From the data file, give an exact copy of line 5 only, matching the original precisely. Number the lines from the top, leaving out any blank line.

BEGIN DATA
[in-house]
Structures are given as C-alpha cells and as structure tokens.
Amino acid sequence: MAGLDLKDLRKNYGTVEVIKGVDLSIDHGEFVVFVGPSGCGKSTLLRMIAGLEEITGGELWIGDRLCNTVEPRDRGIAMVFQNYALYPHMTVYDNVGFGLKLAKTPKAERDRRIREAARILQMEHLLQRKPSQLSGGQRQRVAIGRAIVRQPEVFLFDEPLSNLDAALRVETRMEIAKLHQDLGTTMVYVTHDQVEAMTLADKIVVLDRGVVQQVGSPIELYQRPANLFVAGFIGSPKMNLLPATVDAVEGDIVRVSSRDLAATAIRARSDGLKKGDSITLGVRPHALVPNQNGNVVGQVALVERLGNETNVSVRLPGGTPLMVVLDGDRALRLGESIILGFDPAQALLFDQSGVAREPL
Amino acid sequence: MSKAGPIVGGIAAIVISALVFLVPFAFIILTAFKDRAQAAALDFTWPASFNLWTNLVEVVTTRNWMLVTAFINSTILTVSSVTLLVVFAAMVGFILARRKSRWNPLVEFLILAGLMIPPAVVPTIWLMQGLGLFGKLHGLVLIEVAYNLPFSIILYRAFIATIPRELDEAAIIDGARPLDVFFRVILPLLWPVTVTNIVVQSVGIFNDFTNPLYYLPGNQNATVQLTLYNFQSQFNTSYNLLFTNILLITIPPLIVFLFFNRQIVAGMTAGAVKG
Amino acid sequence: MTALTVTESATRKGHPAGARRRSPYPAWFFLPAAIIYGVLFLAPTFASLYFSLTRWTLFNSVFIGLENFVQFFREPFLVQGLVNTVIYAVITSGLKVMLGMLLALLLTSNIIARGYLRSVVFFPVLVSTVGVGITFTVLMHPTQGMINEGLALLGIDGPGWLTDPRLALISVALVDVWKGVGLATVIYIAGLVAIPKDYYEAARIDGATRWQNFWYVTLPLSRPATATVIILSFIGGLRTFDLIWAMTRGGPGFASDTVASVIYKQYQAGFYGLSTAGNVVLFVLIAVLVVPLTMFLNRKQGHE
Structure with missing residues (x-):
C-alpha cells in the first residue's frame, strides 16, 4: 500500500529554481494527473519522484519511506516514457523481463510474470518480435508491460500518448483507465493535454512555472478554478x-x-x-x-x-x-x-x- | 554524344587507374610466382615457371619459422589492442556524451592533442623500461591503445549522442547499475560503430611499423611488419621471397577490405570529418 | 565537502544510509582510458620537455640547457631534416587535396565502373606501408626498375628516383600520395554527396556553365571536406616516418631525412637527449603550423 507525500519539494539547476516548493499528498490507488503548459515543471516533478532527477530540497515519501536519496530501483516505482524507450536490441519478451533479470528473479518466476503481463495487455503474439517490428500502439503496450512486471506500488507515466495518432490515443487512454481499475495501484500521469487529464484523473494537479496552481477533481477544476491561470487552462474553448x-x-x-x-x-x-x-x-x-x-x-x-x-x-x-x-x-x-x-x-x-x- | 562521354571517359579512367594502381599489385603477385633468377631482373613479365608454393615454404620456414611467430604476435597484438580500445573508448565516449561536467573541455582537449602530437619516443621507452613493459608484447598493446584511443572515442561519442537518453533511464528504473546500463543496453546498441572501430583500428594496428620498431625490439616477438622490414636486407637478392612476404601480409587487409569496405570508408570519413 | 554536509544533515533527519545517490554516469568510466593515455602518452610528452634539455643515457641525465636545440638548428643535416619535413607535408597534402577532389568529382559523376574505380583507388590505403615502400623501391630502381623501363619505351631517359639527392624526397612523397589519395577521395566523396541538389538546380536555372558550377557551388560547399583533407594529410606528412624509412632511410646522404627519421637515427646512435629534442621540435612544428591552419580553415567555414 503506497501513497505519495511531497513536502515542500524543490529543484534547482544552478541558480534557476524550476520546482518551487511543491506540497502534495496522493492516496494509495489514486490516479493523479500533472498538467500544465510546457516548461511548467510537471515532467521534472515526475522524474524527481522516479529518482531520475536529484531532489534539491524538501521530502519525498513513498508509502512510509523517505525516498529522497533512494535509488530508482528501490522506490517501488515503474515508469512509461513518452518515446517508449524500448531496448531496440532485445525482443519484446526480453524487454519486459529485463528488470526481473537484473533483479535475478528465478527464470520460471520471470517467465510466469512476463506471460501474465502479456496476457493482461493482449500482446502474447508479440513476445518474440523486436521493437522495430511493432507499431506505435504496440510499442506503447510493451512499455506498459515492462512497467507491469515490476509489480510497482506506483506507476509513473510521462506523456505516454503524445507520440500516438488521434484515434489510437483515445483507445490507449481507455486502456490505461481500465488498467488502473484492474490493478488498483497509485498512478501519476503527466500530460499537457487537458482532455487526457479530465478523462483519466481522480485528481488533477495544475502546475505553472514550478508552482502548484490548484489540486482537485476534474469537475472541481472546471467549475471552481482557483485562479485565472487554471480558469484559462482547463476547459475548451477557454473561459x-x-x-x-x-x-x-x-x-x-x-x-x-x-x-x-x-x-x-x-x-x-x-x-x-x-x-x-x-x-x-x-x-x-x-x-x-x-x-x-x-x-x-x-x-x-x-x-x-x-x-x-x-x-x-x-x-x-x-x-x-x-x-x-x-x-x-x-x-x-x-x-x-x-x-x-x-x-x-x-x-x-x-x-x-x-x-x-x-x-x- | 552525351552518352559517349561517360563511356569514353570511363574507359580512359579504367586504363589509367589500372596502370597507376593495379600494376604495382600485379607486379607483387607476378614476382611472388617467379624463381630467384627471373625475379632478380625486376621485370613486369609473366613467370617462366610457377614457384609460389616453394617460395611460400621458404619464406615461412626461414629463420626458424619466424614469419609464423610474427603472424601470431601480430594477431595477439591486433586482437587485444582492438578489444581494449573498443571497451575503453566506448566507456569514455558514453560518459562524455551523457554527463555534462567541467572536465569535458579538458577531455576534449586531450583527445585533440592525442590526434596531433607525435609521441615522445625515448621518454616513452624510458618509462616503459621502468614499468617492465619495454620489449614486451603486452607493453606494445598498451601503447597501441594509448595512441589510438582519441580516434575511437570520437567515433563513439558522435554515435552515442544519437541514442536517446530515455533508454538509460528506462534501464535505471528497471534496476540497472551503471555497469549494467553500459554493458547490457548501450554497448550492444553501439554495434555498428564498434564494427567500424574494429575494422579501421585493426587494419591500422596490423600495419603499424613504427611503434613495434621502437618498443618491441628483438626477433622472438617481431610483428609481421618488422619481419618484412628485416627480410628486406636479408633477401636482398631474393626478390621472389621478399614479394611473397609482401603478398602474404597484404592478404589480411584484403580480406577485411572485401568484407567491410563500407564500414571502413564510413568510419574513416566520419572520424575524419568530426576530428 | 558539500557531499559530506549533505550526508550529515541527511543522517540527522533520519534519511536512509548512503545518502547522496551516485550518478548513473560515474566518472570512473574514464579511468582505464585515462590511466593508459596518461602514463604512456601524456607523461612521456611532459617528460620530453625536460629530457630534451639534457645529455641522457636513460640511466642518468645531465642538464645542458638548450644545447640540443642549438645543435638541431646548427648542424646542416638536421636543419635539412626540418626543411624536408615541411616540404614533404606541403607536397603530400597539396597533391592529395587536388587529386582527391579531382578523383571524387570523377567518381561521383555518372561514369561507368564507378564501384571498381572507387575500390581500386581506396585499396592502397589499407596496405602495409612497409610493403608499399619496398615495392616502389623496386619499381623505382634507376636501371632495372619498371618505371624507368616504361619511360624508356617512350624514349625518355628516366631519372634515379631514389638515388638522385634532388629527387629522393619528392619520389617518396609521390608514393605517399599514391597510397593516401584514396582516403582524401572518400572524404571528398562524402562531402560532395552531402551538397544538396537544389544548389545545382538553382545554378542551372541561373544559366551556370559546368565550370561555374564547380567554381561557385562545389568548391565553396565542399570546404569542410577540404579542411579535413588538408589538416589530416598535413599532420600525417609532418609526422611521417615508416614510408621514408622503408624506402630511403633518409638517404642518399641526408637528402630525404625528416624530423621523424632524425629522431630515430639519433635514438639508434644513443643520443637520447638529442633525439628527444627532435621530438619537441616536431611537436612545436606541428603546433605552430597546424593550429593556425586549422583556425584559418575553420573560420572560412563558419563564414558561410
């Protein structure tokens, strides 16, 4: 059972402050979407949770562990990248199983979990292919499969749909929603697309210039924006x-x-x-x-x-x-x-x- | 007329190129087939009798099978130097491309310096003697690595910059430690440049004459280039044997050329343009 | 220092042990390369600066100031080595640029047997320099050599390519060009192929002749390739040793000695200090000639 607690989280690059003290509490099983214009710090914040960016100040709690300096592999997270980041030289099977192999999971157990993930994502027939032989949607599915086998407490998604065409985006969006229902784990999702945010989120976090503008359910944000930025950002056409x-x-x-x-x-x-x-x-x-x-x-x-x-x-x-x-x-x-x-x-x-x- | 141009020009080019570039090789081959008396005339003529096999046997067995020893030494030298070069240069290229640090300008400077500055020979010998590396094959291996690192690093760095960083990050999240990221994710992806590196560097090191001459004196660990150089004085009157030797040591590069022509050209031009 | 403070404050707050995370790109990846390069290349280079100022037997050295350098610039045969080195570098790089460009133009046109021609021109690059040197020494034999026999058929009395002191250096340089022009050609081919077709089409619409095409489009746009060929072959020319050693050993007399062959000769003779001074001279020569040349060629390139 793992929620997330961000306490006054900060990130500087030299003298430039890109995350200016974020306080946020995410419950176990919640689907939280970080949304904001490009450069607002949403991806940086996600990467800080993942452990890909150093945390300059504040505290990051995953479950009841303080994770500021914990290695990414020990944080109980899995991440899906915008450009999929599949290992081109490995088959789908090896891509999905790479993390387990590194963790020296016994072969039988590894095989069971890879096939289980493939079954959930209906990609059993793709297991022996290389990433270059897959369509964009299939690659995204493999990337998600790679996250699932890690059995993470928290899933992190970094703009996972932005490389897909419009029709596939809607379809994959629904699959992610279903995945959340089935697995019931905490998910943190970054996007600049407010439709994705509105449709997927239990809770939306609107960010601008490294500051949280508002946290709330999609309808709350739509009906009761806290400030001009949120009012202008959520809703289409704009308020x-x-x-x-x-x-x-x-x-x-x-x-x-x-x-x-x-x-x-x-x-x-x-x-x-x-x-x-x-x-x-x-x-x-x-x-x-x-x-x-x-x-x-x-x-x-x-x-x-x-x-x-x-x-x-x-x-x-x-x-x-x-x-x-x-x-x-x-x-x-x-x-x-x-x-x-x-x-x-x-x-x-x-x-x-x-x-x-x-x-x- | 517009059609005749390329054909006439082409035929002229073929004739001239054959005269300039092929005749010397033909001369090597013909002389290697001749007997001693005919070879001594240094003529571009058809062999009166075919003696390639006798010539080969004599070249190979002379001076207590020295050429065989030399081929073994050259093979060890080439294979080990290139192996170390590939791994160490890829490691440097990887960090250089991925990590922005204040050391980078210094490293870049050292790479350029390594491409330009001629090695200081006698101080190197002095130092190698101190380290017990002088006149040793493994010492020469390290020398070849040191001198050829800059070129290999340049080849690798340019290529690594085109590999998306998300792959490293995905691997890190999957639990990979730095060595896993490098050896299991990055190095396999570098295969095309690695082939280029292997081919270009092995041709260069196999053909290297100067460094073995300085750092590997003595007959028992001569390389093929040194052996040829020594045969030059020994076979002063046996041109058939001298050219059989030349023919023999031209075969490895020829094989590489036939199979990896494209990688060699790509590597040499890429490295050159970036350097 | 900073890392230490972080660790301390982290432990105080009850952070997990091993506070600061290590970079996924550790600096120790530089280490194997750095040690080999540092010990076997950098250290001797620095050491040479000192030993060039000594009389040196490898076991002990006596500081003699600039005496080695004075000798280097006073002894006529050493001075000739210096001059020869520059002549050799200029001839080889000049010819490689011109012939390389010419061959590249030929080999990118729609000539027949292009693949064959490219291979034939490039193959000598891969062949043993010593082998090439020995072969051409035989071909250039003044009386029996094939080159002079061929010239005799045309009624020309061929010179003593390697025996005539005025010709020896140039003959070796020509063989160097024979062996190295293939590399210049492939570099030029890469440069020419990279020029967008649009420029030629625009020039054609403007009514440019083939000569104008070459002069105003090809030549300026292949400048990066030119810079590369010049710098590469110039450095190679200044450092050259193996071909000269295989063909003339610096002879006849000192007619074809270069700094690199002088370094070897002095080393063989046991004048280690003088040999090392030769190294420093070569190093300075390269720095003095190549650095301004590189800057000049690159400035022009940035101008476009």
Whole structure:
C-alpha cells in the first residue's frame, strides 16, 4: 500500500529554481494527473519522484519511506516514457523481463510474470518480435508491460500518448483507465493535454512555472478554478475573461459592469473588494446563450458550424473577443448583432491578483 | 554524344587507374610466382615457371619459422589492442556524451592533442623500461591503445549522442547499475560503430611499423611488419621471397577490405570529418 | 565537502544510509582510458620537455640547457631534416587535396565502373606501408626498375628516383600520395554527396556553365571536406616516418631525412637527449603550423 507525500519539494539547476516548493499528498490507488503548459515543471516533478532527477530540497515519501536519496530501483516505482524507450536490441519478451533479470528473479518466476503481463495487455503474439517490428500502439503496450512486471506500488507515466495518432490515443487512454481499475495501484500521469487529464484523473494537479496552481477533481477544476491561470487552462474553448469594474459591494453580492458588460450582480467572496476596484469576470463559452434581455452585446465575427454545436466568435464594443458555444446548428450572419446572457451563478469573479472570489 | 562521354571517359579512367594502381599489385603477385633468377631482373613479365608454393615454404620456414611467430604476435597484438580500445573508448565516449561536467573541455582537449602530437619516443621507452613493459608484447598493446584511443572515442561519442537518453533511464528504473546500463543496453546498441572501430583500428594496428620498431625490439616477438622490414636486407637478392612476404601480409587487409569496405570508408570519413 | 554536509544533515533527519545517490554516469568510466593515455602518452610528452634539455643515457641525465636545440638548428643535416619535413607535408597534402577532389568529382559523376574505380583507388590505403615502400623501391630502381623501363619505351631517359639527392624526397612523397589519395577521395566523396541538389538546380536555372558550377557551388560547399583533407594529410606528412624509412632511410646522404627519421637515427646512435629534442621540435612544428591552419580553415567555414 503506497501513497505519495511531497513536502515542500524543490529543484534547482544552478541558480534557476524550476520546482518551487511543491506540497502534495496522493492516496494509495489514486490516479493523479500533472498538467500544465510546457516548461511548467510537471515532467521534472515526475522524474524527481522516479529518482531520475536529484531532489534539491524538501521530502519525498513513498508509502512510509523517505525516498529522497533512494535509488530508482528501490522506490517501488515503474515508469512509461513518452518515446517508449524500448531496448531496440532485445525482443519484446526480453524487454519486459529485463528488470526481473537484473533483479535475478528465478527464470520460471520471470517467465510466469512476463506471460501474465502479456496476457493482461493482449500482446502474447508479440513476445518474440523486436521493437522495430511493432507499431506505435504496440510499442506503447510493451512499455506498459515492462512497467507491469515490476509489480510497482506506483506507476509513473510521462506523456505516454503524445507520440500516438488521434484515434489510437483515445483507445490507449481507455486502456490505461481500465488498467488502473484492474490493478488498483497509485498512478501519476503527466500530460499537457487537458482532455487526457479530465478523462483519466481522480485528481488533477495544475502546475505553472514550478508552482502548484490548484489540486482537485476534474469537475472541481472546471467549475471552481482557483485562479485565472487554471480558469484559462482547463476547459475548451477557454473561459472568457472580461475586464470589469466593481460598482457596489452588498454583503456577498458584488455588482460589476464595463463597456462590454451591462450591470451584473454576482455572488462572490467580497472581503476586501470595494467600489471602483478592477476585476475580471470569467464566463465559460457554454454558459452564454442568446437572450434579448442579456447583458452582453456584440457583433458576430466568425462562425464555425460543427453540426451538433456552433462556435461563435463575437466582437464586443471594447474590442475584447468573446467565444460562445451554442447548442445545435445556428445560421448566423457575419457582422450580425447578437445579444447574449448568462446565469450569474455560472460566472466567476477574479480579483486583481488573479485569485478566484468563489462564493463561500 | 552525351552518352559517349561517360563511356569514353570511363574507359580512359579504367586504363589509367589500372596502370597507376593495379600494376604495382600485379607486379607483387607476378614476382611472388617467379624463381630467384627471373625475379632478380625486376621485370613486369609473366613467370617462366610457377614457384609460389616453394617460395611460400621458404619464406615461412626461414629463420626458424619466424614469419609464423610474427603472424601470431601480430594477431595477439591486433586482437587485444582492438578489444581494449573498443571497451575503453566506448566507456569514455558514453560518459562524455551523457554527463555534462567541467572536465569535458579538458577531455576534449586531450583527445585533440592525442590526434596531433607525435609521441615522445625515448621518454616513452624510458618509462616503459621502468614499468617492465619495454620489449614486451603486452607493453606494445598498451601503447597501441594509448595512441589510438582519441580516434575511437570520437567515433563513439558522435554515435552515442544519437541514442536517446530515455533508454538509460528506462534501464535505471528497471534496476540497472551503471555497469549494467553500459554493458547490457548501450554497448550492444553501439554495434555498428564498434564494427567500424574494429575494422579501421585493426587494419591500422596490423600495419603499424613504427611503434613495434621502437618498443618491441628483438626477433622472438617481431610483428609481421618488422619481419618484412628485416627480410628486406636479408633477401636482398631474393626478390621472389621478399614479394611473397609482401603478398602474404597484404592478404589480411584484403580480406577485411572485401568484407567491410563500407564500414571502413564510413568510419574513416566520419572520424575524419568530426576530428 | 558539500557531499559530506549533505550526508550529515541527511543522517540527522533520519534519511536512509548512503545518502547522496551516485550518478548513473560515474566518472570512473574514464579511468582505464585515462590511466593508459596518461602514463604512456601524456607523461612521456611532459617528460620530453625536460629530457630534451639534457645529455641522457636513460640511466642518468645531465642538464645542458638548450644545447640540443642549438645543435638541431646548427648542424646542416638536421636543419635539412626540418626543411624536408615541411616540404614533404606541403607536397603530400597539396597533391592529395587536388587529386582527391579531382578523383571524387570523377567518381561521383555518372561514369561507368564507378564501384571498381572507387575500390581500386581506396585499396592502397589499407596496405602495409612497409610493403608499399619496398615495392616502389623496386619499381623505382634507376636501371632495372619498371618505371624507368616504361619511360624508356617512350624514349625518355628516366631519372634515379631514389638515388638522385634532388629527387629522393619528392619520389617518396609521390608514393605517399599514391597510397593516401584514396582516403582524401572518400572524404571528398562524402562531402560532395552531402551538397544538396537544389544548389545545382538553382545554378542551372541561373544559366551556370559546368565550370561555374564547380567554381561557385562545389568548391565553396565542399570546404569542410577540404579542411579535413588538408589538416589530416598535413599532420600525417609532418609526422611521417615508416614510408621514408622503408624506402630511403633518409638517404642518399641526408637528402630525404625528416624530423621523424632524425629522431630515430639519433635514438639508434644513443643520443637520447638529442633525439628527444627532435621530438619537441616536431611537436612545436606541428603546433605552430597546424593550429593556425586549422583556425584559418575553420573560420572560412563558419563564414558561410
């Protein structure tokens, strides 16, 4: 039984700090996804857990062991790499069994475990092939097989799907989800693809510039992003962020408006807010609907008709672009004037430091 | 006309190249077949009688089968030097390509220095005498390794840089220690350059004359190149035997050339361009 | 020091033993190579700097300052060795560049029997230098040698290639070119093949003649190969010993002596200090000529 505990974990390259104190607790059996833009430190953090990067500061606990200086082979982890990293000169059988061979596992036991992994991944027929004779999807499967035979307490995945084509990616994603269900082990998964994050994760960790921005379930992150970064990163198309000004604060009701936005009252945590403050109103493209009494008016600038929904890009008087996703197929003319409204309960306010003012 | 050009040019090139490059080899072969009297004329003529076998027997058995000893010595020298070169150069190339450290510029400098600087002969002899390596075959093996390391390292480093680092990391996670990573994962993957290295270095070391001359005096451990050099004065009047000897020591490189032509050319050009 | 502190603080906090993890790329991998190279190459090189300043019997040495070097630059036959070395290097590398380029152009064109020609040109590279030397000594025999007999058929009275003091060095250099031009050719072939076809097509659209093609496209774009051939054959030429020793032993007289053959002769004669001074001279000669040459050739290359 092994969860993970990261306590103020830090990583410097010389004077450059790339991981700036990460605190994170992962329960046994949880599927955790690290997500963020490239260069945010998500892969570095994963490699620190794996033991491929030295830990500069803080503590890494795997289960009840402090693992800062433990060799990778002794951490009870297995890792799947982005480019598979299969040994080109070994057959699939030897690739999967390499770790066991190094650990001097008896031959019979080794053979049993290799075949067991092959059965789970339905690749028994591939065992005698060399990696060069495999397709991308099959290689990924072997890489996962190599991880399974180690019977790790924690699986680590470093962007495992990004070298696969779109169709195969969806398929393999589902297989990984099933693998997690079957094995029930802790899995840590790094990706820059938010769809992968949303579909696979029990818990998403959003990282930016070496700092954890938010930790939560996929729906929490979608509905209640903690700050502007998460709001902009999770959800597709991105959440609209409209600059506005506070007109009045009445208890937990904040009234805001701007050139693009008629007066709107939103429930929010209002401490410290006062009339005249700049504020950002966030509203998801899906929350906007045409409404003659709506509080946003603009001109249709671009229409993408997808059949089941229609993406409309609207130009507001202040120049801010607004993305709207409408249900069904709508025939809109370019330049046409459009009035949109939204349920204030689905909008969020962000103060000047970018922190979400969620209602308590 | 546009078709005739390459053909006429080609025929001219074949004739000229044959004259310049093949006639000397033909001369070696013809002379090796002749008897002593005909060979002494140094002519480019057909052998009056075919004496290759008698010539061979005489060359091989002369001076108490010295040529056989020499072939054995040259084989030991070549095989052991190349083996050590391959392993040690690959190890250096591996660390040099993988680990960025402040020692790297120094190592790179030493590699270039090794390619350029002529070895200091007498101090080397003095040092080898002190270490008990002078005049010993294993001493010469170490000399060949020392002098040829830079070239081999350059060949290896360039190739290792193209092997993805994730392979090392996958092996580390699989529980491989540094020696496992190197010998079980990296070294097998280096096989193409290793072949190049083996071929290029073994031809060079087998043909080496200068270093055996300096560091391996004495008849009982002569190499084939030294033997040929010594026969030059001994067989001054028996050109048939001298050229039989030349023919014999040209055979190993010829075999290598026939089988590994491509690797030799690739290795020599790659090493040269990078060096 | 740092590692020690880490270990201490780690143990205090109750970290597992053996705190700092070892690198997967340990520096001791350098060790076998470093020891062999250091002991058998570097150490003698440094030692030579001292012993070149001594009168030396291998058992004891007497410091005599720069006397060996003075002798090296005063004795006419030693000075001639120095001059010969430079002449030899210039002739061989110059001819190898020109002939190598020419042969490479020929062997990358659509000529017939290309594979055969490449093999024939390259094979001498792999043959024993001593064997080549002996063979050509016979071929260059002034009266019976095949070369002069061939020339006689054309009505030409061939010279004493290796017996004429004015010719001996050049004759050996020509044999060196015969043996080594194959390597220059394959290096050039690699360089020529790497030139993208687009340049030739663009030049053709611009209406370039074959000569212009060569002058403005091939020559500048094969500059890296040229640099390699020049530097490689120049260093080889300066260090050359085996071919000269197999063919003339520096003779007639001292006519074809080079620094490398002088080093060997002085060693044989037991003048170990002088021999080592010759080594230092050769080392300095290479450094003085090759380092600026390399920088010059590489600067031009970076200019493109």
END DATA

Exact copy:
Amino acid sequence: MTALTVTESATRKGHPAGARRRSPYPAWFFLPAAIIYGVLFLAPTFASLYFSLTRWTLFNSVFIGLENFVQFFREPFLVQGLVNTVIYAVITSGLKVMLGMLLALLLTSNIIARGYLRSVVFFPVLVSTVGVGITFTVLMHPTQGMINEGLALLGIDGPGWLTDPRLALISVALVDVWKGVGLATVIYIAGLVAIPKDYYEAARIDGATRWQNFWYVTLPLSRPATATVIILSFIGGLRTFDLIWAMTRGGPGFASDTVASVIYKQYQAGFYGLSTAGNVVLFVLIAVLVVPLTMFLNRKQGHE